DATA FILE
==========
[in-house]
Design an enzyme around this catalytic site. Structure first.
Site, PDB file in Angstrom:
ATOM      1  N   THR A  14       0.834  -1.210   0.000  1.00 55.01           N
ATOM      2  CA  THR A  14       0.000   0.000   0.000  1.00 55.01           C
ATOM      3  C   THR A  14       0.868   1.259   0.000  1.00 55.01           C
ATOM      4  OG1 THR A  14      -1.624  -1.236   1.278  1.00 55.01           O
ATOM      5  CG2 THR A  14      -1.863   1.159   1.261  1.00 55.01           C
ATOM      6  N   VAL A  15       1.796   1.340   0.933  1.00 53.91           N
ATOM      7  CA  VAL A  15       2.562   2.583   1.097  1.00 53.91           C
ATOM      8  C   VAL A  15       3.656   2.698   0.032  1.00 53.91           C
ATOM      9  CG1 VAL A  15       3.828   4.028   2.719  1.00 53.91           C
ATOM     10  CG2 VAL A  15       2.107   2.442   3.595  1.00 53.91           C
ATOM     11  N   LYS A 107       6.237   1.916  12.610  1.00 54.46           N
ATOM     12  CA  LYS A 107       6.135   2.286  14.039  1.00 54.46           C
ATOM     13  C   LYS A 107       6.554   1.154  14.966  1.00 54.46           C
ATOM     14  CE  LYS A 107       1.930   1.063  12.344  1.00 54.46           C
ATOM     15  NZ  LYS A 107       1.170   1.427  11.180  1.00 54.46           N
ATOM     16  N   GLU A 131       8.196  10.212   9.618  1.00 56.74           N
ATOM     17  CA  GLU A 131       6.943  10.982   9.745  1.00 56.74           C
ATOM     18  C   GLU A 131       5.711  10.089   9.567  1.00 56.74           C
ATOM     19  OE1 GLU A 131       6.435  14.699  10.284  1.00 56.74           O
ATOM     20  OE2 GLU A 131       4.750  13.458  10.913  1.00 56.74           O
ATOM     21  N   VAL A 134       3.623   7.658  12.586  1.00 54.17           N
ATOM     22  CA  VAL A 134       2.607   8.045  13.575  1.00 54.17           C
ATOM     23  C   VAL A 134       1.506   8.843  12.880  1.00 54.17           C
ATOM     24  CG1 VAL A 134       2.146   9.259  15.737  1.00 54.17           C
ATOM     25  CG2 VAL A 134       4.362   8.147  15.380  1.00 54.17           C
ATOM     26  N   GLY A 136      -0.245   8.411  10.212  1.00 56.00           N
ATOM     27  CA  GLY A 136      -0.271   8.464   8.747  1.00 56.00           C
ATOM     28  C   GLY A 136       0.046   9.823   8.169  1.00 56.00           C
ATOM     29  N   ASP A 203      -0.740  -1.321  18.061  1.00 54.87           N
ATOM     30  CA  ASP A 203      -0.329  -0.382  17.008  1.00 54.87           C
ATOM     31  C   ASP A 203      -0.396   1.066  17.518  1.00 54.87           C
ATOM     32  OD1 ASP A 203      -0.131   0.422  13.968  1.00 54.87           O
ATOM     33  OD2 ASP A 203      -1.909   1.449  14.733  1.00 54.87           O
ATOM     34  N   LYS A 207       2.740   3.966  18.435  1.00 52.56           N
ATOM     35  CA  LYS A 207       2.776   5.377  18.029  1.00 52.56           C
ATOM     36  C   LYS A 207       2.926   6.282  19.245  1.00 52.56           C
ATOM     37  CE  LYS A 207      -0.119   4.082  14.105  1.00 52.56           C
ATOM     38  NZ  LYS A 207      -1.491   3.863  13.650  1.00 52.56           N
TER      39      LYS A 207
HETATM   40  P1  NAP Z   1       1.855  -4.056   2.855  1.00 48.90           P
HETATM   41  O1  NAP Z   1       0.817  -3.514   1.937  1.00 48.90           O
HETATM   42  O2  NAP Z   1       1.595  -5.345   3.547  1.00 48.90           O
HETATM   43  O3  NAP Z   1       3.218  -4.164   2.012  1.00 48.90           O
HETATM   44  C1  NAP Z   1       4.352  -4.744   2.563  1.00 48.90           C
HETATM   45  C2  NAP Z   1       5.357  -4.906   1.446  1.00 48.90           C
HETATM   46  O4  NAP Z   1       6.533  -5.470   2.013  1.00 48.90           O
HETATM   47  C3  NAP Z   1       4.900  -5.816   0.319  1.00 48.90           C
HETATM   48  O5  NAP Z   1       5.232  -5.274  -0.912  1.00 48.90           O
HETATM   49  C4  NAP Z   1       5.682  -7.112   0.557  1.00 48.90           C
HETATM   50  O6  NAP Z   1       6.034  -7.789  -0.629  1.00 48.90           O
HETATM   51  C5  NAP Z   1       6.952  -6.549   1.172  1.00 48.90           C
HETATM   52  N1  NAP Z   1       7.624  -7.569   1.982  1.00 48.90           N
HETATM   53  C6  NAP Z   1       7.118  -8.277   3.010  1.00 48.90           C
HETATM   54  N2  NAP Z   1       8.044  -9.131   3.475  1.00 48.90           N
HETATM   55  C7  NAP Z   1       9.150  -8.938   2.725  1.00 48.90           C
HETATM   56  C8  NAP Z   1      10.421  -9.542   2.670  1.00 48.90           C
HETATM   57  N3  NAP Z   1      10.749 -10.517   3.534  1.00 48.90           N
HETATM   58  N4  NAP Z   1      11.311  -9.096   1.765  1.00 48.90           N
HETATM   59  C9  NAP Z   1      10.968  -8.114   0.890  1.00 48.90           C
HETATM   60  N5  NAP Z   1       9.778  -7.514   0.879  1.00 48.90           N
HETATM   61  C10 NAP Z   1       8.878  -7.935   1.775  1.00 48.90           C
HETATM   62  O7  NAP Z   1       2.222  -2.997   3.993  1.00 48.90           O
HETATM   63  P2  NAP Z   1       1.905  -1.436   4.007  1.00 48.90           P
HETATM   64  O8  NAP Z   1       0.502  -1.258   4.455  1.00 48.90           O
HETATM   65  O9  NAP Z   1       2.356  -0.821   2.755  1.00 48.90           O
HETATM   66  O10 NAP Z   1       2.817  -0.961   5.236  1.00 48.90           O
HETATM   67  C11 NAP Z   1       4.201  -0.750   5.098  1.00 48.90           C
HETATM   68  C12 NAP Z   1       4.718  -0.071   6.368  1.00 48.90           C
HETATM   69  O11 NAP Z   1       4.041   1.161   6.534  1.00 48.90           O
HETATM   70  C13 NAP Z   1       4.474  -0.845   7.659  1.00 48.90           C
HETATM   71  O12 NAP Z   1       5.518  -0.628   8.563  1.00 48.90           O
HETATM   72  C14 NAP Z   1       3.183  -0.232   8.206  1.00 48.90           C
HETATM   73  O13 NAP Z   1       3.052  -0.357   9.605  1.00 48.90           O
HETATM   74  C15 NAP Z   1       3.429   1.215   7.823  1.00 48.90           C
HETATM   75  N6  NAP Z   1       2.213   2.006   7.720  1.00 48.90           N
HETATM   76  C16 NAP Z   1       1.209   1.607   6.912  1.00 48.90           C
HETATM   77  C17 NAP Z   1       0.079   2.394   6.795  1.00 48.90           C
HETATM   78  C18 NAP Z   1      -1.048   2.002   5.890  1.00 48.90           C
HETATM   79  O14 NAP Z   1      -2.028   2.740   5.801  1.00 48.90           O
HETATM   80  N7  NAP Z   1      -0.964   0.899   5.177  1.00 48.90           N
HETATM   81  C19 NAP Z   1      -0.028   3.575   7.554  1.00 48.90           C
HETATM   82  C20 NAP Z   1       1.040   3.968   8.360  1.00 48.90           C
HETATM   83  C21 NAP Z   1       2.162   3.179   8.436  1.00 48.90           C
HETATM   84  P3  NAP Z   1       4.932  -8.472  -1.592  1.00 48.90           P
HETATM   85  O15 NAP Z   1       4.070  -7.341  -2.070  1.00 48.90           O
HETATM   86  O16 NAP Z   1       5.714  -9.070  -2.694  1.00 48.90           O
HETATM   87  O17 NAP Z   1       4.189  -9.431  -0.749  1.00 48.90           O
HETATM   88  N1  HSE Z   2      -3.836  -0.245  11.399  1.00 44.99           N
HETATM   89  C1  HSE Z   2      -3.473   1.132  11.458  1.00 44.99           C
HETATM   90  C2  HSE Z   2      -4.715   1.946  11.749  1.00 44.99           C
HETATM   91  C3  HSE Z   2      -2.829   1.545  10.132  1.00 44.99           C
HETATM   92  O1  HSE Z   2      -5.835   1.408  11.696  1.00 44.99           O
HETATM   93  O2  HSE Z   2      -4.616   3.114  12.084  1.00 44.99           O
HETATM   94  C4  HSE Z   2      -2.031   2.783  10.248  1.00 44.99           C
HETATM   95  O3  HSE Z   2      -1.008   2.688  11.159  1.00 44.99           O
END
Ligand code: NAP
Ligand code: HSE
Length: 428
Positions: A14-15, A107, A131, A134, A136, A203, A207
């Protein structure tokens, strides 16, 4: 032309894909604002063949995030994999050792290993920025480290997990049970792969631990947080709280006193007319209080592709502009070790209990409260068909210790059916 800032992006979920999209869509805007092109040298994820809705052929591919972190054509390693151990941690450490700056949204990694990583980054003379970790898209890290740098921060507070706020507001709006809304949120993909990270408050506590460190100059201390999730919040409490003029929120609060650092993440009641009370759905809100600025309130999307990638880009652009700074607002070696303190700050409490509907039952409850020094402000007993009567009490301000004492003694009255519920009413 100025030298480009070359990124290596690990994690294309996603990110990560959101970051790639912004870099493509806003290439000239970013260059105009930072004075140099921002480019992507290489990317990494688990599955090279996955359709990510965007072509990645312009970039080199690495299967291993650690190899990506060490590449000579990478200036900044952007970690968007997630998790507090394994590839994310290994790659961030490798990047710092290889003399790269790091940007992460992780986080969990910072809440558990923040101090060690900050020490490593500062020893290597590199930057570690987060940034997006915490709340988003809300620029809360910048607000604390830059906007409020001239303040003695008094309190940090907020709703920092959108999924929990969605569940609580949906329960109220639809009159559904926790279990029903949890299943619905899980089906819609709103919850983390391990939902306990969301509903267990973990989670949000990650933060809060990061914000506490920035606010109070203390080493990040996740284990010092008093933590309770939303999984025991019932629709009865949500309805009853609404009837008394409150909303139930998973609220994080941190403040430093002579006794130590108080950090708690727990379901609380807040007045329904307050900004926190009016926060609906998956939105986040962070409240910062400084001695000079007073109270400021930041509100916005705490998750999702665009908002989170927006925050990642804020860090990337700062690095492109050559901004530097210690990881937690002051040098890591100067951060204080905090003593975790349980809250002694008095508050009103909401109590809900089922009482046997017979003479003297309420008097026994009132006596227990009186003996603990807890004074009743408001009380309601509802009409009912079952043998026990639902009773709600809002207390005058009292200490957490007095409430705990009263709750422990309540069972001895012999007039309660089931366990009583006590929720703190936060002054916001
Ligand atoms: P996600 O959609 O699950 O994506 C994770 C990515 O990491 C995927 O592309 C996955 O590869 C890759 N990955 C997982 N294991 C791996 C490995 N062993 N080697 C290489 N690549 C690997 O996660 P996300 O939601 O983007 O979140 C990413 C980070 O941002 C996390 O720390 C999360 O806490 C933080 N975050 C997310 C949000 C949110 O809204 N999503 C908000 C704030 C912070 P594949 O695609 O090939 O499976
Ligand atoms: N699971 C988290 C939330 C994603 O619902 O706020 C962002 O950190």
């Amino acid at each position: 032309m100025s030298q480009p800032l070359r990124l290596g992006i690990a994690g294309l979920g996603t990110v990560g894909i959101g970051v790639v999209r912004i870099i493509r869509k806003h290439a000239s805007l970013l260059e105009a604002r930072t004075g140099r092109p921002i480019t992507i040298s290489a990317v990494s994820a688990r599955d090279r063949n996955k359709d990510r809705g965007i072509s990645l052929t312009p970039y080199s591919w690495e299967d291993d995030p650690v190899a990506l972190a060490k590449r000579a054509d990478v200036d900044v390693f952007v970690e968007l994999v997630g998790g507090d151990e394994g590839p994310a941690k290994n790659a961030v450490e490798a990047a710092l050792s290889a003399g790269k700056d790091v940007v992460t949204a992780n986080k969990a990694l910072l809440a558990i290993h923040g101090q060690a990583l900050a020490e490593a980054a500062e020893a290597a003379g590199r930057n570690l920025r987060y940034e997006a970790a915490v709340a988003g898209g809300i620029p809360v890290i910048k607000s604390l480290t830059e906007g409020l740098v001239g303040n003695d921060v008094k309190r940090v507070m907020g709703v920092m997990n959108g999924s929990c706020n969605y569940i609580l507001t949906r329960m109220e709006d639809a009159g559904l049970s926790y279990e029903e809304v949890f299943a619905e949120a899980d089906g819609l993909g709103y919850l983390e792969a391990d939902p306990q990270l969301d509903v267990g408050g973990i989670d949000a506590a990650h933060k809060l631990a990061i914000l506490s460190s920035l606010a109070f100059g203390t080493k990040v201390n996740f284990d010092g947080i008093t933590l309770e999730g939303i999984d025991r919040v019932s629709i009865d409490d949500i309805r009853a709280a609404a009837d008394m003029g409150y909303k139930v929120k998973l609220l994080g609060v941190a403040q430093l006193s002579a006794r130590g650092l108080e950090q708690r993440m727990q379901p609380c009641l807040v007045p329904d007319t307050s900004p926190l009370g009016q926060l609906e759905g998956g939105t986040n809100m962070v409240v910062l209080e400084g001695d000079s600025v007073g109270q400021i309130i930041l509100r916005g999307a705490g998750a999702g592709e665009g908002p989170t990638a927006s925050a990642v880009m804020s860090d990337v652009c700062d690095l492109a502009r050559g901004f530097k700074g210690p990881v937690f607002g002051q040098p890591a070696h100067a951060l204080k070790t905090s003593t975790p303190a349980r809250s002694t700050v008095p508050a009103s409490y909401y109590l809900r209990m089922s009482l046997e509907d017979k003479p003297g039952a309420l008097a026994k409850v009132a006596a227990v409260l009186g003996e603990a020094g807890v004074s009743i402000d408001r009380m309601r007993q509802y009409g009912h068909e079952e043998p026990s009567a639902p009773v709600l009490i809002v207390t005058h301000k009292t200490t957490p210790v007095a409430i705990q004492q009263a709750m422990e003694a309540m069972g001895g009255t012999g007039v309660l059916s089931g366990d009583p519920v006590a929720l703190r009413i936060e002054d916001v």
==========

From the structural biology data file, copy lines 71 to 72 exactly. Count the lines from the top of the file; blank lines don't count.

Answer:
HETATM   68  C12 NAP Z   1       4.718  -0.071   6.368  1.00 48.90           C
HETATM   69  O11 NAP Z   1       4.041   1.161   6.534  1.00 48.90           O